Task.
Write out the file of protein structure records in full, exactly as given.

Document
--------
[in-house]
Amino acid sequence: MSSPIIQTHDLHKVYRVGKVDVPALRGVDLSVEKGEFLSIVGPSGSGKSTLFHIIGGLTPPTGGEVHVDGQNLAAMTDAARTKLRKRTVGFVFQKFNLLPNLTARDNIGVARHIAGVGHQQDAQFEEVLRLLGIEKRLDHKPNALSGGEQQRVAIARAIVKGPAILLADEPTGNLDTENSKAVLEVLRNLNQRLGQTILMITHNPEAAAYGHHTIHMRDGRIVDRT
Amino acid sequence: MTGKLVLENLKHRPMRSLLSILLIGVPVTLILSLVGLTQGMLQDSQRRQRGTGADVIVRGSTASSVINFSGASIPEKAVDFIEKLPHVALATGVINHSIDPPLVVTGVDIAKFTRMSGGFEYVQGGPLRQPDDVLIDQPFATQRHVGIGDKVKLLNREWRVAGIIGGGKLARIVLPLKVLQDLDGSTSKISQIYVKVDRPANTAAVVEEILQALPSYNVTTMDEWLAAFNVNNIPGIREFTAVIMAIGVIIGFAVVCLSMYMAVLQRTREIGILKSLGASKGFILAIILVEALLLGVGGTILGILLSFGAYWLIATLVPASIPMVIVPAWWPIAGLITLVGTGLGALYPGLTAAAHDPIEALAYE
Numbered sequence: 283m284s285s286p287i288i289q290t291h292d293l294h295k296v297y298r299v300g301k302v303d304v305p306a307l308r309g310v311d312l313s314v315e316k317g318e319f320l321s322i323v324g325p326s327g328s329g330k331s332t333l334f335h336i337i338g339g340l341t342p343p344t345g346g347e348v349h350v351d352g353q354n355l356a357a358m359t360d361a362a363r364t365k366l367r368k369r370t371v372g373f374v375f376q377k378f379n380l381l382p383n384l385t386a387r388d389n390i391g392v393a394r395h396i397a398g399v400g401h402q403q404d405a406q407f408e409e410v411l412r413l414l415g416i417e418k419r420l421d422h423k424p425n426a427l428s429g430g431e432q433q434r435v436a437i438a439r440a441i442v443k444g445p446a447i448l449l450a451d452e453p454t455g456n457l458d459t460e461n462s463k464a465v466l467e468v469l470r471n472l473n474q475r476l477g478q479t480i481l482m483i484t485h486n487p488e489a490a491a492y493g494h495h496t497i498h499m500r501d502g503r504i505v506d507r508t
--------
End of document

[in-house]
Amino acid sequence: MSSPIIQTHDLHKVYRVGKVDVPALRGVDLSVEKGEFLSIVGPSGSGKSTLFHIIGGLTPPTGGEVHVDGQNLAAMTDAARTKLRKRTVGFVFQKFNLLPNLTARDNIGVARHIAGVGHQQDAQFEEVLRLLGIEKRLDHKPNALSGGEQQRVAIARAIVKGPAILLADEPTGNLDTENSKAVLEVLRNLNQRLGQTILMITHNPEAAAYGHHTIHMRDGRIVDRT
Amino acid sequence: MTGKLVLENLKHRPMRSLLSILLIGVPVTLILSLVGLTQGMLQDSQRRQRGTGADVIVRGSTASSVINFSGASIPEKAVDFIEKLPHVALATGVINHSIDPPLVVTGVDIAKFTRMSGGFEYVQGGPLRQPDDVLIDQPFATQRHVGIGDKVKLLNREWRVAGIIGGGKLARIVLPLKVLQDLDGSTSKISQIYVKVDRPANTAAVVEEILQALPSYNVTTMDEWLAAFNVNNIPGIREFTAVIMAIGVIIGFAVVCLSMYMAVLQRTREIGILKSLGASKGFILAIILVEALLLGVGGTILGILLSFGAYWLIATLVPASIPMVIVPAWWPIAGLITLVGTGLGALYPGLTAAAHDPIEALAYE
Numbered sequence: 283m284s285s286p287i288i289q290t291h292d293l294h295k296v297y298r299v300g301k302v303d304v305p306a307l308r309g310v311d312l313s314v315e316k317g318e319f320l321s322i323v324g325p326s327g328s329g330k331s332t333l334f335h336i337i338g339g340l341t342p343p344t345g346g347e348v349h350v351d352g353q354n355l356a357a358m359t360d361a362a363r364t365k366l367r368k369r370t371v372g373f374v375f376q377k378f379n380l381l382p383n384l385t386a387r388d389n390i391g392v393a394r395h396i397a398g399v400g401h402q403q404d405a406q407f408e409e410v411l412r413l414l415g416i417e418k419r420l421d422h423k424p425n426a427l428s429g430g431e432q433q434r435v436a437i438a439r440a441i442v443k444g445p446a447i448l449l450a451d452e453p454t455g456n457l458d459t460e461n462s463k464a465v466l467e468v469l470r471n472l473n474q475r476l477g478q479t480i481l482m483i484t485h486n487p488e489a490a491a492y493g494h495h496t497i498h499m500r501d502g503r504i505v506d507r508t